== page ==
NEWS FLASH – This just in!!!!
The 24th Marine Expeditionary Unit, commanded by Colonel Peter Petronzio, has been diverted and is heading to assist in the relief effort in Haiti. Already at sea, the USS Nassau, USS Mesa Verde and the USS Ashland are carrying 2300 Marines to include the Medium Tilt Wing Squadron 162 with V-22 Ospreys and Ch-53s. First Battalion, 8th Marines are part of the MEU as the Battalion Landing Team. MORE LATER
Now – back to the original story
The sailors of USS Bataan (LHA-5) started providing humanitarian assistance and disaster relief in support of Operation Unified Response. The Amphibious Relief Mission, a sea base from which relief operations are staged off the coast of Haiti, includes Bataan, USS Fort McHenry (LSD 43), USS Gunston Hall (LSD 44), USS Carter Hall (LSD 50) and the 22nd Marine Expeditionary Unit’s (MEU), aircraft, amphibious equipment, and 2200 Marines. They have all been working around the clock since they were first alerted last Wednesday. But, yesterday, we saw the first fruits of their labor.
Tuesday morning, January 19, 2010, US Navy and Marine helicopters started lifting off from Bataan’s flight deck. The Marines first goal was to set up a secure landing zone and then to start flying in supplies to the people of Haiti. The Marines and sailors worked all day, getting much-needed food and water to the survivors at “ground-zero.”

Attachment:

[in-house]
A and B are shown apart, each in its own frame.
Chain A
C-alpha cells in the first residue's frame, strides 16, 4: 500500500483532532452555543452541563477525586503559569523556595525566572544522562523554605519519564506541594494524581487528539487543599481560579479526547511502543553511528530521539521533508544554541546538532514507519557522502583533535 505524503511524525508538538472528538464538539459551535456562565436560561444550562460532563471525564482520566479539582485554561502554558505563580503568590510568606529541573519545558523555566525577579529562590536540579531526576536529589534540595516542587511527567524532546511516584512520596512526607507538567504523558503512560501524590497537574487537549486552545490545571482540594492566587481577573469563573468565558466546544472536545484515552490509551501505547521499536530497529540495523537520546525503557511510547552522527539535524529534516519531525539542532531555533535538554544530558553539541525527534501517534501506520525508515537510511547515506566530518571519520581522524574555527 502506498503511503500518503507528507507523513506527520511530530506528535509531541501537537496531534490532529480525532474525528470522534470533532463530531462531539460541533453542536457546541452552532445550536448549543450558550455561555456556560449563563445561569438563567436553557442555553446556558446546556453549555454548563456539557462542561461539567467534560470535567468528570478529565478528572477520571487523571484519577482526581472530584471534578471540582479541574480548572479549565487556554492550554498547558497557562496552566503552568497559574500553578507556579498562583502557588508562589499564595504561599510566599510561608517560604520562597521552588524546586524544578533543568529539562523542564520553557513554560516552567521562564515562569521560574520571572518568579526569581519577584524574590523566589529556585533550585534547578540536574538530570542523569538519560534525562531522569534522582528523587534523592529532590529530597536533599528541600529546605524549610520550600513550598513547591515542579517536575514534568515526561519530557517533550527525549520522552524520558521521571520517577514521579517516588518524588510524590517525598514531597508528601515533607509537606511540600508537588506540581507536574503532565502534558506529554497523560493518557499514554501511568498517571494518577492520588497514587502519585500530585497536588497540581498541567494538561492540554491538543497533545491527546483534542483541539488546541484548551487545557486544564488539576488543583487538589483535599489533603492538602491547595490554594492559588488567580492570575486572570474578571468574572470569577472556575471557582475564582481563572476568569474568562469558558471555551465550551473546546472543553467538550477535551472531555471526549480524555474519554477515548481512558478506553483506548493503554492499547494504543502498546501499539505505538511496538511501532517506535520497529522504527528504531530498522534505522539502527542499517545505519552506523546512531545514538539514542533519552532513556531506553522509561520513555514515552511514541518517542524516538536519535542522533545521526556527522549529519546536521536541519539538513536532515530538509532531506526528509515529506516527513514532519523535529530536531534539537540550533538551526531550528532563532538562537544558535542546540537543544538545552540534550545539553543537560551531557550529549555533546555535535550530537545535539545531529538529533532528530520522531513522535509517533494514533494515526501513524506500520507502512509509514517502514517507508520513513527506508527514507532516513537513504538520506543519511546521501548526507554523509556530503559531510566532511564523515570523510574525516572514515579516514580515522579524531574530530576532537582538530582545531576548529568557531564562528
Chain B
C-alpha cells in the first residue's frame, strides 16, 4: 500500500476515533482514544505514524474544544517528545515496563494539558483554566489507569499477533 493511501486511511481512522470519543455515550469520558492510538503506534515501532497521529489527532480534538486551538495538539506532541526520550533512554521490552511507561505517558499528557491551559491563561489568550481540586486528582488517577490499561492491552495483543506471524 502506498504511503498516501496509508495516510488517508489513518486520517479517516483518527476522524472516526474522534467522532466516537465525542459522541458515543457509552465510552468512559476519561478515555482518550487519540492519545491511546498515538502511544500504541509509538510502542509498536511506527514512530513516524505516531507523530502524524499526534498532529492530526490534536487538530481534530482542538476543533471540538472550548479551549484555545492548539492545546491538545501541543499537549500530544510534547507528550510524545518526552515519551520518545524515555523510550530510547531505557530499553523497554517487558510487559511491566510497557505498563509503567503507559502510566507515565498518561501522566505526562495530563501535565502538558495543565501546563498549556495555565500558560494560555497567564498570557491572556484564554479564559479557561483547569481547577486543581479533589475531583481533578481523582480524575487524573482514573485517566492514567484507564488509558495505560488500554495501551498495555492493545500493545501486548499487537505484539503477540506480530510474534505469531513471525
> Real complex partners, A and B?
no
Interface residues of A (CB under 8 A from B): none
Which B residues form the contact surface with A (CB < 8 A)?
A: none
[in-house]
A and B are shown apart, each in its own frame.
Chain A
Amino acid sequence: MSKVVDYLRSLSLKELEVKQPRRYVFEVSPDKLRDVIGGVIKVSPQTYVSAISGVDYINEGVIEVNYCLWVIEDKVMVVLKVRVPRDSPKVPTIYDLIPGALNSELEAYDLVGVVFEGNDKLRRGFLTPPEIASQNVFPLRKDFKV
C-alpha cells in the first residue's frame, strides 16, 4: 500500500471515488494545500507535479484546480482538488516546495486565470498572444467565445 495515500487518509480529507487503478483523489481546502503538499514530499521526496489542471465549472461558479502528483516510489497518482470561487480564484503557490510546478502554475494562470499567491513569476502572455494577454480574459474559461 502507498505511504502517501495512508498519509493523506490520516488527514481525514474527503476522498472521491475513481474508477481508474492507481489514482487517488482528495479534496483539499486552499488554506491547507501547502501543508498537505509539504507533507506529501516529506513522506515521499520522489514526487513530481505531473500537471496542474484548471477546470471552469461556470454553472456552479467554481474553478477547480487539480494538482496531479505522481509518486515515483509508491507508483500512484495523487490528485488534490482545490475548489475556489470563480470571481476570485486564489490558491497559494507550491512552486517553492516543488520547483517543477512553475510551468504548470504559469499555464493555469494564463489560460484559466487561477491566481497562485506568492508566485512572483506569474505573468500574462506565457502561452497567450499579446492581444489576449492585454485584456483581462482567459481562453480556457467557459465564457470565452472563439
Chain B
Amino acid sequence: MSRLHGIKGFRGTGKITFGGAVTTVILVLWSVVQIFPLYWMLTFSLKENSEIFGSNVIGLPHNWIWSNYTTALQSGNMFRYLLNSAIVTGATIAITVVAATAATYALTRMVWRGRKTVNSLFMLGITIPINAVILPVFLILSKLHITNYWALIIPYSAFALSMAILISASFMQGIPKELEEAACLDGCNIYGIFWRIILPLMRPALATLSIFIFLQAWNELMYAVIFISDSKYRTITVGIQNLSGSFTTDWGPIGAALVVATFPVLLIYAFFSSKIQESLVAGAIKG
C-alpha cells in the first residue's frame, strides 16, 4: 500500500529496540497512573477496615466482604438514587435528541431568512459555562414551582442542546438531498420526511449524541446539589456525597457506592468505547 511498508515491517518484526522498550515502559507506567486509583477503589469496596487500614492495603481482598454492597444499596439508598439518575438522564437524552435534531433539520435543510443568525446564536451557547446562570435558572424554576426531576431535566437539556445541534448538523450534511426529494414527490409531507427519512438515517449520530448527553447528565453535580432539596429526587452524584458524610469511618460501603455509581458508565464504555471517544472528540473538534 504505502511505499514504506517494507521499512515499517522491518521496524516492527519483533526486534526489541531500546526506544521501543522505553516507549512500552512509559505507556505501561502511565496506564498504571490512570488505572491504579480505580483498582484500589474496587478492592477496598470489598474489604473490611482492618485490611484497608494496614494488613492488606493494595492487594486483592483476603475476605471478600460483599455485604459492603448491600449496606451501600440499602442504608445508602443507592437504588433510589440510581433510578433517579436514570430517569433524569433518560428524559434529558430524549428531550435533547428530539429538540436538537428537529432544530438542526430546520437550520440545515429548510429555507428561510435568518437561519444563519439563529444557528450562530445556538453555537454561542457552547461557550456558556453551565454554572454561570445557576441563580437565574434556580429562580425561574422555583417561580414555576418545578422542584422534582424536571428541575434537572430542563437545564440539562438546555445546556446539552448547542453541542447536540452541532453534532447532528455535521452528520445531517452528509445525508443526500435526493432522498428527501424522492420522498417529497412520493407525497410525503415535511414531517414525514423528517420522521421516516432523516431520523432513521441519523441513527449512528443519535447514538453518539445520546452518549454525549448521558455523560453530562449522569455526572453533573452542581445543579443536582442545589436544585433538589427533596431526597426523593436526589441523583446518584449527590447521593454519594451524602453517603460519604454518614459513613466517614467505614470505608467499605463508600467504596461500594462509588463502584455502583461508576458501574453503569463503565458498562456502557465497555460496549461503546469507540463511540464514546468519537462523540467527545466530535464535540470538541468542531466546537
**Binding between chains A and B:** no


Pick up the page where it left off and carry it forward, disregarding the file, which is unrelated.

Then, near sunset, a desperate call went out on CNN. A 70 year-old woman had just been pulled from the rubble. After spending a week pinned in a collapsed building, she was weak, dehydrated and in need of immediate surgery. Anderson Cooper sent out a personal plea, begging for someone to take her in.
The United States military answered in a joint effort. The United States Coast Guard responded to the call for help, sending an HH-65A Dolphin helicopter to evacuate the elderly patient. By 8:15 p.m. the Coast Guard helicopter was landing on Bataan’s flight deck. The lucky woman was rushed into a sterile surgical environment where here broken bones were treated.
Meanwhile, one of Bataan’s own helicopters, an MH-60S Knighthawk from Helicopter Sea Combat Squadron (HSC) 22, responded to another distress call. They returned to the ship with a 24-year-old woman and an infant boy in need of urgent medical care. They too, were rushed to surgery.
“This is why we train,” said Commander Melanie Merrick, senior medical officer aboard Bataan. “We are equipped for these types of injuries to provide resuscitation and stabilization.”
By this morning, all three were resting comfortably and Amphibious Squadron 6’s task was swinging into full operation. Bataan’s flight deck continued its 24-hour, around-the-clock operations, ferrying in supplies and Marines and bringing 17 more casualties aboard for treatment. Meanwhile, below of the flight deck, Bataan’s “well deck” was launching landing craft as Colonel Gareth Brandl’s 22nd Marine Expeditionary Unit’s Battalion Landing Team worked to establish a foothold on the beach and ferry in more aid to the Haitian people.
The “Blue-Green” team will remain in Haiti for as long as it takes to get the people back on their feet. ‘The Marines have landed.’
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